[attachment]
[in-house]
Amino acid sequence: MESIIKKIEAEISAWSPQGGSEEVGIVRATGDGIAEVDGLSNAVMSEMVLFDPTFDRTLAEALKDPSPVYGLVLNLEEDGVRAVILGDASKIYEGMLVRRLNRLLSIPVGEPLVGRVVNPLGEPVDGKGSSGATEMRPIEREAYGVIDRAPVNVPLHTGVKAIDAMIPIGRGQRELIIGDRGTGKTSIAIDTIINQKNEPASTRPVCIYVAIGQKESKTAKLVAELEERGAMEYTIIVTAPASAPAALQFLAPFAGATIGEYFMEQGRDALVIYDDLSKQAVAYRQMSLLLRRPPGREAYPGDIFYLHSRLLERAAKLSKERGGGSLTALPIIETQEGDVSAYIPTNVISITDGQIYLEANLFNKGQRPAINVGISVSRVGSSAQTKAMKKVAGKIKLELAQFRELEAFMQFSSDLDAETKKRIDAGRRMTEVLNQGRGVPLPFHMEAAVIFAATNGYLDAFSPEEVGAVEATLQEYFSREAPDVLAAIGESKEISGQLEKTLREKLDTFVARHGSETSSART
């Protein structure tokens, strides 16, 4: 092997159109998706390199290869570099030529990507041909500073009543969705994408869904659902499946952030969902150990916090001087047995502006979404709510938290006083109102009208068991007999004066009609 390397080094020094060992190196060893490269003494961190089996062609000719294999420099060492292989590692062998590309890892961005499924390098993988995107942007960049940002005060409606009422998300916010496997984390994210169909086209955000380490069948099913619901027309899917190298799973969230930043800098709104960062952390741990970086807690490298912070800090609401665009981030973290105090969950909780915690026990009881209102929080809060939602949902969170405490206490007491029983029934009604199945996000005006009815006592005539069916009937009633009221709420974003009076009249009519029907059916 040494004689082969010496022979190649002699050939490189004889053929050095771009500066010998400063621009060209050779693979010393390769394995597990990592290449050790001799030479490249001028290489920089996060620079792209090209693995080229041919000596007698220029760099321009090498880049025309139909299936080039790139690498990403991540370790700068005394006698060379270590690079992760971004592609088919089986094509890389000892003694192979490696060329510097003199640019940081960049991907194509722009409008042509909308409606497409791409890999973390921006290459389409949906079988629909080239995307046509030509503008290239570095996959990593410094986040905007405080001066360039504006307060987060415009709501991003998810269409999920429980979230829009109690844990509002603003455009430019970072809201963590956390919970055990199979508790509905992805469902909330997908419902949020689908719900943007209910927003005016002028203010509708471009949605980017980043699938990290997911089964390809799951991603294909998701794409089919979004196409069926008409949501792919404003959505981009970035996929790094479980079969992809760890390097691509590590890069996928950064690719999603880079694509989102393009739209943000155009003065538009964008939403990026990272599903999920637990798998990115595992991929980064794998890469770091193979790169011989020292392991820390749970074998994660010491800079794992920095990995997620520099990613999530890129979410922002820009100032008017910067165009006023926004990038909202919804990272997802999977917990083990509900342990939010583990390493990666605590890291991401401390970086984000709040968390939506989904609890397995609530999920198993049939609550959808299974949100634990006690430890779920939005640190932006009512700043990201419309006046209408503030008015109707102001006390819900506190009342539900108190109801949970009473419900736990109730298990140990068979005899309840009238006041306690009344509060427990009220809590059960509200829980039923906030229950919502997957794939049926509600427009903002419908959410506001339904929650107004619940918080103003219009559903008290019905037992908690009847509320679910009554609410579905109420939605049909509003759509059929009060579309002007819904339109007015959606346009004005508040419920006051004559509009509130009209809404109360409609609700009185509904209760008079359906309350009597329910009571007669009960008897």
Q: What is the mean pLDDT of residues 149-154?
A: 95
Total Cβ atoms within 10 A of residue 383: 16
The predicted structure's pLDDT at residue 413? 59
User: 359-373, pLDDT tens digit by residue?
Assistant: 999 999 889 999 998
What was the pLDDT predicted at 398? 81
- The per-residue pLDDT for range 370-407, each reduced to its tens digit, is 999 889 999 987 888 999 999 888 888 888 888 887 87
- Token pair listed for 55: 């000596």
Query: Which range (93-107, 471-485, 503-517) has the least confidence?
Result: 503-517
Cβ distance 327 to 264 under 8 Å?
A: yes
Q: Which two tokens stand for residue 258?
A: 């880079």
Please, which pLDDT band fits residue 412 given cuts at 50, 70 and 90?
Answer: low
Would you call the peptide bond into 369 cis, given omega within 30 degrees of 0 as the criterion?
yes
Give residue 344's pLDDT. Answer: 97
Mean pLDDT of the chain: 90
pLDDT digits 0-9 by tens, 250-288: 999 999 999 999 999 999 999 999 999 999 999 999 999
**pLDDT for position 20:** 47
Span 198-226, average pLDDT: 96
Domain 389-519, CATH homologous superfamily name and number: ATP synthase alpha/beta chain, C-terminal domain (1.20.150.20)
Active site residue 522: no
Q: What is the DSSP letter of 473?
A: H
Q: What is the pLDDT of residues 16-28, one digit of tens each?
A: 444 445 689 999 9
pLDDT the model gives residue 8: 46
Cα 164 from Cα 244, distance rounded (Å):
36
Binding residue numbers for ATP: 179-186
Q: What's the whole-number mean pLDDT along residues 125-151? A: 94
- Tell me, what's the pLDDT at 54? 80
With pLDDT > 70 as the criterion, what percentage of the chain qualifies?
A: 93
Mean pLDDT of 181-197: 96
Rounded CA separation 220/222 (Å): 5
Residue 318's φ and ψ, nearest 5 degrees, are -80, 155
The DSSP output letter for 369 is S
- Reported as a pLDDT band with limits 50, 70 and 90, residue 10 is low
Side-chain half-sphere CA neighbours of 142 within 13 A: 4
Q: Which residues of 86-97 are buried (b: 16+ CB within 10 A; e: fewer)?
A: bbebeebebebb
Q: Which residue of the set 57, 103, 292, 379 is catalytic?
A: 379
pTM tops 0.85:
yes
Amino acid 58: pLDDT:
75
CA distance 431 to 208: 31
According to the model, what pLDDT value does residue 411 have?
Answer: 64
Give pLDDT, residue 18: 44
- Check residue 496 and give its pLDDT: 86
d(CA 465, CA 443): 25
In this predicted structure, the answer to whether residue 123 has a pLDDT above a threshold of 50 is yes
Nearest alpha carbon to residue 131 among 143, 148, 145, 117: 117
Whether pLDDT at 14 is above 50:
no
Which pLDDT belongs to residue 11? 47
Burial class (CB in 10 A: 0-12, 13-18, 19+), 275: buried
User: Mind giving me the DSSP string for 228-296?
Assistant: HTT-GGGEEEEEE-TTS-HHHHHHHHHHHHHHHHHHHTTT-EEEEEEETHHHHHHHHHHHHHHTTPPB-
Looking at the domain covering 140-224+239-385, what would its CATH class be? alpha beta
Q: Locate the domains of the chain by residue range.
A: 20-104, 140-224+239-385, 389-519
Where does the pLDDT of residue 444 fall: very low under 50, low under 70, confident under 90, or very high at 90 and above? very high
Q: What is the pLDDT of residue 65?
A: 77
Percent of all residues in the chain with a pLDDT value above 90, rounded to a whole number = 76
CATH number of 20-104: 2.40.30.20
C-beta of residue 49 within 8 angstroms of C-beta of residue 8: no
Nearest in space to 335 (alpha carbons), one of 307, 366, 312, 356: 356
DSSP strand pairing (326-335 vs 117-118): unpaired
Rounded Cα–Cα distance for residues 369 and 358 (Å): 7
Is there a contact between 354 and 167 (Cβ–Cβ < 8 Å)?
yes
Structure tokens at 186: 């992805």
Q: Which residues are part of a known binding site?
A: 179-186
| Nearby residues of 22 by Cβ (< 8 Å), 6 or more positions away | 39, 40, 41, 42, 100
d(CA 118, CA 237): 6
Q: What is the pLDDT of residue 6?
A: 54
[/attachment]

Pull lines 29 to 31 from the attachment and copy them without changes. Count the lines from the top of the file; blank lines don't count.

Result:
Active site residue 522: no
Q: What is the DSSP letter of 473?
A: H